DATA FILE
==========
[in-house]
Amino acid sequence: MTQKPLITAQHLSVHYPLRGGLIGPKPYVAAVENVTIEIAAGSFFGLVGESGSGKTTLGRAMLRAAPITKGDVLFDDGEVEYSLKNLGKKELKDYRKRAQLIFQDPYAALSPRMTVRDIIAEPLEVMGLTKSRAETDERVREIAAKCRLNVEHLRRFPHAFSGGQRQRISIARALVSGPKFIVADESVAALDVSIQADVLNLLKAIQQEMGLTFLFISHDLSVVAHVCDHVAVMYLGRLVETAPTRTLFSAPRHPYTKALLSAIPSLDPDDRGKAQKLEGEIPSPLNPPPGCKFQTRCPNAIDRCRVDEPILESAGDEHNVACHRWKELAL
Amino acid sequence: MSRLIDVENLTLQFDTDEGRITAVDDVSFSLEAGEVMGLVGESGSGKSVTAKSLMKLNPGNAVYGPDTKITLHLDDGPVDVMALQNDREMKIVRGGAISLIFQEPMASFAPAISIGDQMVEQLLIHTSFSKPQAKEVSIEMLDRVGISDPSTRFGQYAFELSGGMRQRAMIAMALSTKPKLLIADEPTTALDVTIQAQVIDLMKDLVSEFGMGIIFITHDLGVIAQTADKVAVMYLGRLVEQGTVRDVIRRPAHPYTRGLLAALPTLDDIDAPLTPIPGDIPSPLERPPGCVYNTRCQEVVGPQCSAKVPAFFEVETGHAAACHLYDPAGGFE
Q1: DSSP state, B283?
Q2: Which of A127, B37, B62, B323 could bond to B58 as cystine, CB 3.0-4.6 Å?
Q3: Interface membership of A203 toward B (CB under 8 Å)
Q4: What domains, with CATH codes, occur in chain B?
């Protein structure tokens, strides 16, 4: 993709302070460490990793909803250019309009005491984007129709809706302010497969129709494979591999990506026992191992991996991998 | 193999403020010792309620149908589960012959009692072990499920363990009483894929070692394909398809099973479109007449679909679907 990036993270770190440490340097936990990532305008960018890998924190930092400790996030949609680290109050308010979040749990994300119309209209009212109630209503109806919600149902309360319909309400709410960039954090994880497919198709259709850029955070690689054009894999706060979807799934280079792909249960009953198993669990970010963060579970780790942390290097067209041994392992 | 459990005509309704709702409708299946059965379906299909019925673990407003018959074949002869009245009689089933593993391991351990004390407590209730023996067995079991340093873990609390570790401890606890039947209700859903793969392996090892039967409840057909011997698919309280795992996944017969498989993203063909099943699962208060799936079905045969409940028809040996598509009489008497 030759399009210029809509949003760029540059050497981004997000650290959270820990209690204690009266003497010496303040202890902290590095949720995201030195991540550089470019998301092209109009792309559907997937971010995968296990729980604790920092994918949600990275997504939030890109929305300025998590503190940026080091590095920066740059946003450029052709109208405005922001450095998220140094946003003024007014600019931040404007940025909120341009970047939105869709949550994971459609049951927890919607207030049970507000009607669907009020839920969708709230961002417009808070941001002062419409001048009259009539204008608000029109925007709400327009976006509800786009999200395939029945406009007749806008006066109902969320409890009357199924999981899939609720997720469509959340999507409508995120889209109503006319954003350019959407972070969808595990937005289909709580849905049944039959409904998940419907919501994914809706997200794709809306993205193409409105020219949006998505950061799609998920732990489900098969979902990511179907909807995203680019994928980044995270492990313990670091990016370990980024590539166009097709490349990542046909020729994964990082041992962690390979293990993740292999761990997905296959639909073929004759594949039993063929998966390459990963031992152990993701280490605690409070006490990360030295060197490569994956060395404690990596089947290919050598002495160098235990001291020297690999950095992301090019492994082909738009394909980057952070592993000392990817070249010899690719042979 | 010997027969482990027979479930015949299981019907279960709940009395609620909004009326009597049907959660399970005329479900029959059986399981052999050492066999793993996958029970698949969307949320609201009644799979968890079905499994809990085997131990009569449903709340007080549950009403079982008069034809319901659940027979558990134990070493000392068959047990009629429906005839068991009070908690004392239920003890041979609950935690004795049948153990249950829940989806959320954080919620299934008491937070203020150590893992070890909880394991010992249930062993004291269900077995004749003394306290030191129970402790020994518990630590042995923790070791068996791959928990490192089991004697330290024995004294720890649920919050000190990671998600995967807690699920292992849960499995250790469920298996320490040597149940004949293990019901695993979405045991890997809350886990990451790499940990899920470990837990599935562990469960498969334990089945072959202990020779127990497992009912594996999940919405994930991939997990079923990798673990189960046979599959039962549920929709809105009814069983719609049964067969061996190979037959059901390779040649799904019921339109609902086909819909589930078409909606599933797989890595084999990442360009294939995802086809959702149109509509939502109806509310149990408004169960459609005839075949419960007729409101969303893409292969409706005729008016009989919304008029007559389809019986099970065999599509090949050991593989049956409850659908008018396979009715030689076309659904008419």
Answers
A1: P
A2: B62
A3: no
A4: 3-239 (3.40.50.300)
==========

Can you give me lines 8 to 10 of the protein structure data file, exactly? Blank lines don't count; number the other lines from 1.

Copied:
């Protein structure tokens, strides 16, 4: 993709302070460490990793909803250019309009005491984007129709809706302010497969129709494979591999990506026992191992991996991998 | 193999403020010792309620149908589960012959009692072990499920363990009483894929070692394909398809099973479109007449679909679907 990036993270770190440490340097936990990532305008960018890998924190930092400790996030949609680290109050308010979040749990994300119309209209009212109630209503109806919600149902309360319909309400709410960039954090994880497919198709259709850029955070690689054009894999706060979807799934280079792909249960009953198993669990970010963060579970780790942390290097067209041994392992 | 459990005509309704709702409708299946059965379906299909019925673990407003018959074949002869009245009689089933593993391991351990004390407590209730023996067995079991340093873990609390570790401890606890039947209700859903793969392996090892039967409840057909011997698919309280795992996944017969498989993203063909099943699962208060799936079905045969409940028809040996598509009489008497 030759399009210029809509949003760029540059050497981004997000650290959270820990209690204690009266003497010496303040202890902290590095949720995201030195991540550089470019998301092209109009792309559907997937971010995968296990729980604790920092994918949600990275997504939030890109929305300025998590503190940026080091590095920066740059946003450029052709109208405005922001450095998220140094946003003024007014600019931040404007940025909120341009970047939105869709949550994971459609049951927890919607207030049970507000009607669907009020839920969708709230961002417009808070941001002062419409001048009259009539204008608000029109925007709400327009976006509800786009999200395939029945406009007749806008006066109902969320409890009357199924999981899939609720997720469509959340999507409508995120889209109503006319954003350019959407972070969808595990937005289909709580849905049944039959409904998940419907919501994914809706997200794709809306993205193409409105020219949006998505950061799609998920732990489900098969979902990511179907909807995203680019994928980044995270492990313990670091990016370990980024590539166009097709490349990542046909020729994964990082041992962690390979293990993740292999761990997905296959639909073929004759594949039993063929998966390459990963031992152990993701280490605690409070006490990360030295060197490569994956060395404690990596089947290919050598002495160098235990001291020297690999950095992301090019492994082909738009394909980057952070592993000392990817070249010899690719042979 | 010997027969482990027979479930015949299981019907279960709940009395609620909004009326009597049907959660399970005329479900029959059986399981052999050492066999793993996958029970698949969307949320609201009644799979968890079905499994809990085997131990009569449903709340007080549950009403079982008069034809319901659940027979558990134990070493000392068959047990009629429906005839068991009070908690004392239920003890041979609950935690004795049948153990249950829940989806959320954080919620299934008491937070203020150590893992070890909880394991010992249930062993004291269900077995004749003394306290030191129970402790020994518990630590042995923790070791068996791959928990490192089991004697330290024995004294720890649920919050000190990671998600995967807690699920292992849960499995250790469920298996320490040597149940004949293990019901695993979405045991890997809350886990990451790499940990899920470990837990599935562990469960498969334990089945072959202990020779127990497992009912594996999940919405994930991939997990079923990798673990189960046979599959039962549920929709809105009814069983719609049964067969061996190979037959059901390779040649799904019921339109609902086909819909589930078409909606599933797989890595084999990442360009294939995802086809959702149109509509939502109806509310149990408004169960459609005839075949419960007729409101969303893409292969409706005729008016009989919304008029007559389809019986099970065999599509090949050991593989049956409850659908008018396979009715030689076309659904008419």
Answers
A1: P